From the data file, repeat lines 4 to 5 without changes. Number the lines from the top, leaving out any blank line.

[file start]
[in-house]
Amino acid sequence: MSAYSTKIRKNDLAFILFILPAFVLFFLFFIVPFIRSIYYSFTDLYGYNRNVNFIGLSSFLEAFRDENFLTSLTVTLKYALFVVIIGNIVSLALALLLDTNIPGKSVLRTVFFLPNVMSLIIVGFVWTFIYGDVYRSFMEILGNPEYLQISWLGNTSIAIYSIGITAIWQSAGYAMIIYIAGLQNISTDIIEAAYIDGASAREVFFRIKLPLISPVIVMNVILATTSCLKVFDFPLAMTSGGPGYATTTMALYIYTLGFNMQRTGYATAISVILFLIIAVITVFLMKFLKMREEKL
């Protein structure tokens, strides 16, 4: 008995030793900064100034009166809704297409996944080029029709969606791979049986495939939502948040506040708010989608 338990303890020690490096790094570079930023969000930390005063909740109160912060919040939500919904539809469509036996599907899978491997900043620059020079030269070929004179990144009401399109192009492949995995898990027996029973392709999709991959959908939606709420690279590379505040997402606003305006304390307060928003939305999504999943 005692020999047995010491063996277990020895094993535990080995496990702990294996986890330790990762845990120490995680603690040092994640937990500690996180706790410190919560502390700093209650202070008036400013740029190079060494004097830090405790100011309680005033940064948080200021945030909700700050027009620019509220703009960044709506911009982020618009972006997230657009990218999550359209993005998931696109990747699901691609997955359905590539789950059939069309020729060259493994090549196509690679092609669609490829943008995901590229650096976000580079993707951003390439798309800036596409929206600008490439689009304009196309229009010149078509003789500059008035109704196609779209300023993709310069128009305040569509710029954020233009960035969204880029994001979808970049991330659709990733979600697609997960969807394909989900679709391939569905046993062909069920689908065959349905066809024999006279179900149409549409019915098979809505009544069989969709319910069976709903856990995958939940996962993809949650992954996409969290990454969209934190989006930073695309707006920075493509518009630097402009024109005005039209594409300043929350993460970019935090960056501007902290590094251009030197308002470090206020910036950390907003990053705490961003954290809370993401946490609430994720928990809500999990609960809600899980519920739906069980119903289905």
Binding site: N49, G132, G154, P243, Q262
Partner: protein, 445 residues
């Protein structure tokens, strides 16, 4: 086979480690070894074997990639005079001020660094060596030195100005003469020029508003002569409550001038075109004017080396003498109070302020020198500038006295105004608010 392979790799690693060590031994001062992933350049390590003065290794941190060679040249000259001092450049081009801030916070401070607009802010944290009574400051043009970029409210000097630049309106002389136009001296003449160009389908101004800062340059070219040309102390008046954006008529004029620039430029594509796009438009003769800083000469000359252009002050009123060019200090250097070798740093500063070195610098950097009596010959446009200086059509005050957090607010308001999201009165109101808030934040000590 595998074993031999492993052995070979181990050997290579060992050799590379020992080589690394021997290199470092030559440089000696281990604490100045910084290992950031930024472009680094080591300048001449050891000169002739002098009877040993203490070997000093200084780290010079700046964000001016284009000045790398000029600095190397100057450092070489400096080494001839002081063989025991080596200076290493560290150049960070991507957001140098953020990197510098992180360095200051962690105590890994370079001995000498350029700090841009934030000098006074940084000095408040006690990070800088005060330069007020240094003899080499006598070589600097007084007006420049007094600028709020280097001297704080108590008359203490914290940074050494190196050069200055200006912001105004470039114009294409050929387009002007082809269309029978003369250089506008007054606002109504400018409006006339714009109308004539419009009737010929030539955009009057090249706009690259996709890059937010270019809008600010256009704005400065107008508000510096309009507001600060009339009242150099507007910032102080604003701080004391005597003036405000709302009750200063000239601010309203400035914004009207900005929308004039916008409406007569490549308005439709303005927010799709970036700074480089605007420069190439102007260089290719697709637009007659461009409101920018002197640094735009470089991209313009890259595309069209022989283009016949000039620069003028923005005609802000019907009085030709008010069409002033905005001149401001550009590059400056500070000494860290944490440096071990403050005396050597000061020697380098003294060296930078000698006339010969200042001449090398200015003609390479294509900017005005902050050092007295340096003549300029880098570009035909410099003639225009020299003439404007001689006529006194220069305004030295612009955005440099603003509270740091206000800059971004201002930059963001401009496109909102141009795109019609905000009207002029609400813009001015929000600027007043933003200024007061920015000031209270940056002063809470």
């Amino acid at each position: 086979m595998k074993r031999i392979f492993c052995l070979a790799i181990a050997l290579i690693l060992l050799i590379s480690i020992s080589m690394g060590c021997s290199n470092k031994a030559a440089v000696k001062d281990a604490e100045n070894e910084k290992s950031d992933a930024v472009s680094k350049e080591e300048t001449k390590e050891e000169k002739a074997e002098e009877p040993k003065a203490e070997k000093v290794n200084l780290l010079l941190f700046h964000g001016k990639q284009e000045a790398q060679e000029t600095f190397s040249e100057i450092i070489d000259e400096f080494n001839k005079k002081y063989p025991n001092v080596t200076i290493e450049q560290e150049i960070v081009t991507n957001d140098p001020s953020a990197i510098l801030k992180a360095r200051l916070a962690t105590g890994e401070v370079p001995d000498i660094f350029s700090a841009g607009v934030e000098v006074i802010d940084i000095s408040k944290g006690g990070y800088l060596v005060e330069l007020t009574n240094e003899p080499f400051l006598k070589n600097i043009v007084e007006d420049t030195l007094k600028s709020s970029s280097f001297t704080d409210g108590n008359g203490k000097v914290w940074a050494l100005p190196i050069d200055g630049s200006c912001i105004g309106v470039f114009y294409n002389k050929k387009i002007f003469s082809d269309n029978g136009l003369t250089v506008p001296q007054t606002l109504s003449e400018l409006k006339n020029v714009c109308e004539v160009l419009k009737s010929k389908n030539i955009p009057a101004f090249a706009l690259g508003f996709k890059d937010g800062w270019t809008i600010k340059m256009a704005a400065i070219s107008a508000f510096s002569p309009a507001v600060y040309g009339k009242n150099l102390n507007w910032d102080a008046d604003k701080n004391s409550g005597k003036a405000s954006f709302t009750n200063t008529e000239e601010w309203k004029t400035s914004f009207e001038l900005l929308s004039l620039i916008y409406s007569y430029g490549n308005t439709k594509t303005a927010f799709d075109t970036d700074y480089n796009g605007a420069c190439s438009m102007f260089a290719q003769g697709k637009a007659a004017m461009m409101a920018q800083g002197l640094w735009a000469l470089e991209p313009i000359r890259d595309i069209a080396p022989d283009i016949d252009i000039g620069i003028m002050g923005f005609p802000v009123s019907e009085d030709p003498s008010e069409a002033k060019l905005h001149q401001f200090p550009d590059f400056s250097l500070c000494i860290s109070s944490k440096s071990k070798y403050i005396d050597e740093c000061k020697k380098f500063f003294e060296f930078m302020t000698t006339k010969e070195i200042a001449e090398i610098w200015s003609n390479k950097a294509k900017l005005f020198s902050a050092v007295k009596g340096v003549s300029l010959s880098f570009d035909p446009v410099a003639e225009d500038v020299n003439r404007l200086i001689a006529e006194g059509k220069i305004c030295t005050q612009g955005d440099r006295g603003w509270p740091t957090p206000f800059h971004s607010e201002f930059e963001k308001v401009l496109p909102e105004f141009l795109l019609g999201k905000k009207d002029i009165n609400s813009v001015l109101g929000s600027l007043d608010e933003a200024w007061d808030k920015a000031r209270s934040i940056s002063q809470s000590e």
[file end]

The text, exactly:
Binding site: N49, G132, G154, P243, Q262
Partner: protein, 445 residues